Amerigo
– Image used with permission of BGG contributor punkin312

With only two single spaces left on this last island, there was a bit of a stand-off between Yellow and Green:  whoever built first would gain a single point, but leave the other to get the three point bonus for finishing the island.  Meanwhile, there was a total of eight pirates on the board which everyone had covered until Purple took the two-plus pirate attack bonus token.  Purple was aright of course, but everyone else needed another two cannon if they weren’t going to end up with an eight point penalty. More turns were sacrificed to gain cannon which also sent players to the top of the line and provided extra gold.  Purple and Green found themselves with no actions to do, so ended up trading action cubes for gold, while Grey and Yellow mopped-up island bonuses.

Amerigo
– Image used with permission of BGG contributor punkin312

In the very last action everyone swapped their gold for extra spaces on the white turn order track, just to get to that extra scoring location.  With the game coming to an end and neither Green nor Yellow prepared to give quarter on the last island, neither took the final three points.  Before the final scoring began, Yellow was in the lead, a few points clear of Green.  As the final scoring phase began, it became apparent that everyone except for Purple had misunderstood the scoring the resource bonuses. We thought the number on the yellow action chits was its multiplier value, however, this number is irrelevant to the scoring, it only means it costs more to obtain. Grey was particularly annoyed as he had deliberately been going for the high value action tokens and had been choosing the resource tokens appropriately.

Amerigo
– Image used with permission of BGG contributor punkin312

In the end, it was very close with Grey and Purple catching up however, it wasn’t quite enough, and Yellow and Green remained several points ahead, tied on a hundred and thirty-one.  The tie-breaker gave it to Yellow, as he was at the end of the turn order track and Green was five spaces farther back. On reflection though, Green later realised that he could have taken it had he known the rules better as he’d finished with six gold.  He could easily have spent the surplus gold to move along the track, but had decided against it as, although it would have given him an extra five points, the gold was worth one point each so there had seemed no point.

Om Nom Nom
– Image by BGG contributor jancis

Puerto Rico was still underway, and with Grey deciding he could do with an early night (while the Cat’s away, the Mice will play – and it seemed this Mouse had been playing quite a bit!), Purple, Green and Yellow opted for some quick, light-hearted fun with Om Nom Nom.  This is one of our more popular games, and we’ve played it a few times on a Tuesday evening.  Purple loves it and it was new to Yellow though, so despite his conviction that it’s completely random, Green joined in.  The idea is quite simple, each player has a hand of “Predator” cards, and the dice represent “Prey”.  Players simultaneously choose a card to play and then Prey is divided up accordingly.  If there is enough Prey for all the Predators to eat, then players take their share of the appropriate dice.  If not, the Predator(s) go hungry and the cards are discarded.  The catch is that some cards are both Predator and Prey, which is where the game descends into double-think (or Luck as Green prefers to think of it).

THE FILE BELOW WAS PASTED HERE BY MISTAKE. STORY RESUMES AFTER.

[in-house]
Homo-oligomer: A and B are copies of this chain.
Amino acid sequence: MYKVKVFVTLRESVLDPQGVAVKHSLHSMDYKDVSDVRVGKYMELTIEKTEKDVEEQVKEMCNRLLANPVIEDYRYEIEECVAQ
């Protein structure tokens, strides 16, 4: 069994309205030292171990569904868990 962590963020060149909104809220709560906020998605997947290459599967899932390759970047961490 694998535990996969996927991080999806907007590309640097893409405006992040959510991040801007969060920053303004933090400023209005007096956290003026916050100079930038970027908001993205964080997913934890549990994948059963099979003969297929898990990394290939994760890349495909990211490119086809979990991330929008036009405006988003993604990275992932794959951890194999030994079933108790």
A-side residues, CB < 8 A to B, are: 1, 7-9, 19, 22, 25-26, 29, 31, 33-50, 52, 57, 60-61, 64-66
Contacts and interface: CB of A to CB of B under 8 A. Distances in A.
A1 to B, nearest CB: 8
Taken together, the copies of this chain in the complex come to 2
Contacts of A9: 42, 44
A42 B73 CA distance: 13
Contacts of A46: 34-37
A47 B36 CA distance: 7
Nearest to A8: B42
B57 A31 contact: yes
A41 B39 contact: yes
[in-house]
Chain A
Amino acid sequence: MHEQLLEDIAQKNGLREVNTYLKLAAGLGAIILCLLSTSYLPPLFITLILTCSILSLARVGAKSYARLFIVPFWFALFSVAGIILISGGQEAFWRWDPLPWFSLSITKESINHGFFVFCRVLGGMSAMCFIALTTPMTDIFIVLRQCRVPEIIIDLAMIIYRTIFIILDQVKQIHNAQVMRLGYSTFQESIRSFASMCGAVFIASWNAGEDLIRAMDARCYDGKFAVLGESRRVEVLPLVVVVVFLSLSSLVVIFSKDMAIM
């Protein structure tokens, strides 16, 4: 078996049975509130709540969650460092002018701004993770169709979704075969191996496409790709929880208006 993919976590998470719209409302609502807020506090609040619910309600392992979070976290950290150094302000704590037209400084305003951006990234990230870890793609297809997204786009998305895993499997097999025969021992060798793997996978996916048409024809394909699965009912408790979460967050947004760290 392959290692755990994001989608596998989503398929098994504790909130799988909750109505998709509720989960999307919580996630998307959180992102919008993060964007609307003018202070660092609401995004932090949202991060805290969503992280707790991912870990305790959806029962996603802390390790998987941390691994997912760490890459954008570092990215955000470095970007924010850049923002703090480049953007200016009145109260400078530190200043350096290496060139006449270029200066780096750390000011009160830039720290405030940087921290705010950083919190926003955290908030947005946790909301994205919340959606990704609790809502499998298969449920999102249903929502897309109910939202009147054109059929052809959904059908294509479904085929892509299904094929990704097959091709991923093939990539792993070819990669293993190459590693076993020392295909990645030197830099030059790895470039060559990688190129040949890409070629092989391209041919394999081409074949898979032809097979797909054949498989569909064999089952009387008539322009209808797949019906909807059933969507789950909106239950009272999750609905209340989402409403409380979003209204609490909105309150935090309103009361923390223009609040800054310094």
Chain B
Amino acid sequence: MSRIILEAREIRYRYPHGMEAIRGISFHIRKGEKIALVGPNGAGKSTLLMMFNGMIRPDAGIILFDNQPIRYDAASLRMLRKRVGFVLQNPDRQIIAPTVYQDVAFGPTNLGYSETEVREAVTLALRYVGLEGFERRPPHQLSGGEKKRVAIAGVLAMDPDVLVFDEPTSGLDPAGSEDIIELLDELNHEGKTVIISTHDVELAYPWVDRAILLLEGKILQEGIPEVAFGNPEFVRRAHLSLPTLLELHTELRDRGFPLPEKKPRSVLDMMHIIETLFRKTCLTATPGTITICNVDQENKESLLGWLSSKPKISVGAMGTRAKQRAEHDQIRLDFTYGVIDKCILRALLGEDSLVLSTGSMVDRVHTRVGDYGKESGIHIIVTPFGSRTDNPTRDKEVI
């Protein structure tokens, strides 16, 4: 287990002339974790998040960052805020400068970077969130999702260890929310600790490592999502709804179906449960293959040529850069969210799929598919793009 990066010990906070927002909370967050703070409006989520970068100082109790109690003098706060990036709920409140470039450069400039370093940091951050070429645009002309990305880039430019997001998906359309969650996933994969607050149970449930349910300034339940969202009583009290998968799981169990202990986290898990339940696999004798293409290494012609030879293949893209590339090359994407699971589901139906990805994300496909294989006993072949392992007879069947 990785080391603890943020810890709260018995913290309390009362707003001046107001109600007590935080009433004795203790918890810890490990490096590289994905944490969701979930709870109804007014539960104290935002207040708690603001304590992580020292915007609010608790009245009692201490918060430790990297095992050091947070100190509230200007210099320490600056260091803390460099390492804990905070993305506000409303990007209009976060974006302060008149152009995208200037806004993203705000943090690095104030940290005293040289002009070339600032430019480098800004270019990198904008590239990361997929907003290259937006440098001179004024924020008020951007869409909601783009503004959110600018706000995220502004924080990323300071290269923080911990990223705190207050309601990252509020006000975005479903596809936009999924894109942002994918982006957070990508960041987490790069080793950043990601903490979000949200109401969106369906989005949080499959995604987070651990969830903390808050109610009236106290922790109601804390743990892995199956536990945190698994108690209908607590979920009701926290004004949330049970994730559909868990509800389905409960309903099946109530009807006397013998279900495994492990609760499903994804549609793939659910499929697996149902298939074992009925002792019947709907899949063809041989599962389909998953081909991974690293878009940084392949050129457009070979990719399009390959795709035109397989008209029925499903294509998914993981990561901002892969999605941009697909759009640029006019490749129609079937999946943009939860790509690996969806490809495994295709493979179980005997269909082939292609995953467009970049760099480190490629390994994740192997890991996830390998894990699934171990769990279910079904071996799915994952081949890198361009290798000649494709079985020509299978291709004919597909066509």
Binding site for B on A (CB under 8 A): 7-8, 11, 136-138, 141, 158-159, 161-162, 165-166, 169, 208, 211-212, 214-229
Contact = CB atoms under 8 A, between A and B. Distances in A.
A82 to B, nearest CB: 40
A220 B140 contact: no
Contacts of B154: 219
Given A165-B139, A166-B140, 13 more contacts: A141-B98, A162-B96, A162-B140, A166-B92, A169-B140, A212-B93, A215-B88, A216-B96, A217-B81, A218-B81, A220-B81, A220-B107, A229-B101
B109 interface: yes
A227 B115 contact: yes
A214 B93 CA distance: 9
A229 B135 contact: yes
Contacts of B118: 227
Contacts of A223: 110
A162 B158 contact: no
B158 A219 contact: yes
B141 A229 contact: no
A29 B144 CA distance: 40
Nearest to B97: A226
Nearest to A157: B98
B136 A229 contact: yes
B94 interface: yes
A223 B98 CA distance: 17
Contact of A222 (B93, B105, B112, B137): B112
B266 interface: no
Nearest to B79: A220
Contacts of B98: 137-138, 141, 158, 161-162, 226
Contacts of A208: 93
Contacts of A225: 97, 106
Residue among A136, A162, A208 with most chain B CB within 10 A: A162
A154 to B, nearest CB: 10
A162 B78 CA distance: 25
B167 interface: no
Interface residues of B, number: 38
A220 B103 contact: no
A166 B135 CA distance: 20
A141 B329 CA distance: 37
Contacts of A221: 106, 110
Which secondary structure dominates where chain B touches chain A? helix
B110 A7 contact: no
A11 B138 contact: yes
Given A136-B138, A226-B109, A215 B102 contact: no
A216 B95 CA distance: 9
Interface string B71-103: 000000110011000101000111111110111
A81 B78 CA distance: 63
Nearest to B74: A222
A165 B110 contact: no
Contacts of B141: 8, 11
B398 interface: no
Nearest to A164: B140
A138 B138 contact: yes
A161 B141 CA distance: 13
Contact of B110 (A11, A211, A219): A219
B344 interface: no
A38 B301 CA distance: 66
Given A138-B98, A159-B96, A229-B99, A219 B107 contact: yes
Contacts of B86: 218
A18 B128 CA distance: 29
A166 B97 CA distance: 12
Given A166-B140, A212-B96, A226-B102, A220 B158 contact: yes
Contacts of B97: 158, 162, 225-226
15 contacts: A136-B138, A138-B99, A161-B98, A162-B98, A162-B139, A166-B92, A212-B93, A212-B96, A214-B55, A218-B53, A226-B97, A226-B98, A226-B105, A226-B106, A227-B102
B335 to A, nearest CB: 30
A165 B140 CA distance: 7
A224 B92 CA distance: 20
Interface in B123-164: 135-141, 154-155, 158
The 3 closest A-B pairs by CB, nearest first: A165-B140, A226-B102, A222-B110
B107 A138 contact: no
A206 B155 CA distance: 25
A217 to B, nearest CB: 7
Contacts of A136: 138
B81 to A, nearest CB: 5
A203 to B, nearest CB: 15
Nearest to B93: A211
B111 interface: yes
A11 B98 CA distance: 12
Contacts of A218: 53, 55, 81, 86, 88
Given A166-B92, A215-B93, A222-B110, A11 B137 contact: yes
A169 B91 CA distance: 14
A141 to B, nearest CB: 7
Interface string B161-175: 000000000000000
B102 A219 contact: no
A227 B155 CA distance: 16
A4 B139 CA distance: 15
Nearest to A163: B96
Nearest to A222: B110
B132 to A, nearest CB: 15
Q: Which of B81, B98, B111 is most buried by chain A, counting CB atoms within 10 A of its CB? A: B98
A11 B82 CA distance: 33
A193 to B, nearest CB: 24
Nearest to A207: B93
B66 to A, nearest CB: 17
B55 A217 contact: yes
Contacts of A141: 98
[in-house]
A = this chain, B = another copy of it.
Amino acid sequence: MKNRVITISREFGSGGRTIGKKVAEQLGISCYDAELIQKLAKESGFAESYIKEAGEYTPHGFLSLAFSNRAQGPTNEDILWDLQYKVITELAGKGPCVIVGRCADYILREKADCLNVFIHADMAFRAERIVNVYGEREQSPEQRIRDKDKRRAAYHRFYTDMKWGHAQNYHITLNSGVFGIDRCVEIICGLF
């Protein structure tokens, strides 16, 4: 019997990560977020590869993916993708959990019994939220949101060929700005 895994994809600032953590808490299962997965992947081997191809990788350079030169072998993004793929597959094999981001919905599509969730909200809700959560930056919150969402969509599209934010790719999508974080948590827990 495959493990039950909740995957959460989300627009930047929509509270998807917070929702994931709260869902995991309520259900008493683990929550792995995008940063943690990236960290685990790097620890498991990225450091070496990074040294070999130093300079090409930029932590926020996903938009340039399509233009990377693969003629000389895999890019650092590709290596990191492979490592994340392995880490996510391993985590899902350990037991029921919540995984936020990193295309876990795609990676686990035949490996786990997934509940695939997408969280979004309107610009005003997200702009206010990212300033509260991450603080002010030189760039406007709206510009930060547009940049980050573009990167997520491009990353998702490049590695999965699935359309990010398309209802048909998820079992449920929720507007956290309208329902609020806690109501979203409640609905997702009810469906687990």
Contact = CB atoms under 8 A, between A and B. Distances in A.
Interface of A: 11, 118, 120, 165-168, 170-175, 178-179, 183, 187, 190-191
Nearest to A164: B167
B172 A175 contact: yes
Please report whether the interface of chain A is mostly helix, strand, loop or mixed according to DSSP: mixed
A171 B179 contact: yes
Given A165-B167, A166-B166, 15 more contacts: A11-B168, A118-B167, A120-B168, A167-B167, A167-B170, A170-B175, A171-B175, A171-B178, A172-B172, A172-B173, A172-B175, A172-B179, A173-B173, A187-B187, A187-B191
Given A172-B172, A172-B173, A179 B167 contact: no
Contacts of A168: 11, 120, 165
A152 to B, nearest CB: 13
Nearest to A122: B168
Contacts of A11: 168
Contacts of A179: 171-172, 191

Om Nom Nom
– Image by BGG contributor jancis

Green has tried a variety of “methods” to beat the “luck”, but much like an inveterate gambler, a “technique” that works a couple of times almost always fails in the end, and so it proved this time too.  In the first card of the first round, Green decided to change his card just before everyone revealed theirs which proved fortuitous as his hedgehog ended up with a bunch of frog dice and cards. So, Green swapped his second and third cards at the last second and he picked up Prey on both occasions. As the round progressed, Purple and Yellow also achieved some success and Green took another card, but by the end of the round, the scores were very even with Purple ahead by just one point.  Probability can be a funny thing, but it was still quite a shock to roll nine carrots, each with a probability of one-in-six.  And so  began a little game of cat & mouse, literally with everyone trying to  second guess each others choices and all ending up feeling that the carrots looked too good to be true and there was bound to be a fox hanging around.

Om Nom Nom
– Image used with permission of BGG contributor msaari

At the second attempt, Yellow found he couldn’t resist temptation and went for the carrots only to find Purple’s fox was waiting to pounce.  Then, somehow (and nobody could work out exactly how), Purple ended up with the entire haul of carrots all to herself.  By this time, Green had reverted to type and scored nothing for the round, Yellow produced a creditable showing, but Purple took an amazing twenty-nine points. The final round was a much more even spread of dice and scores. Yellow was getting better and better and won the round while Green got lucky and took a few more points.  Purple was not so successful this time out, but it didn’t matter, as her massive score in the second round gave her a record-breaking forty-eight, according to the scoring card, a new high score!

Om Nom Nom
– Image by BGG contributor jancis

Learning Outcome:  Don’t ascribe to luck what others might call skill.

One thought on “12th July 2016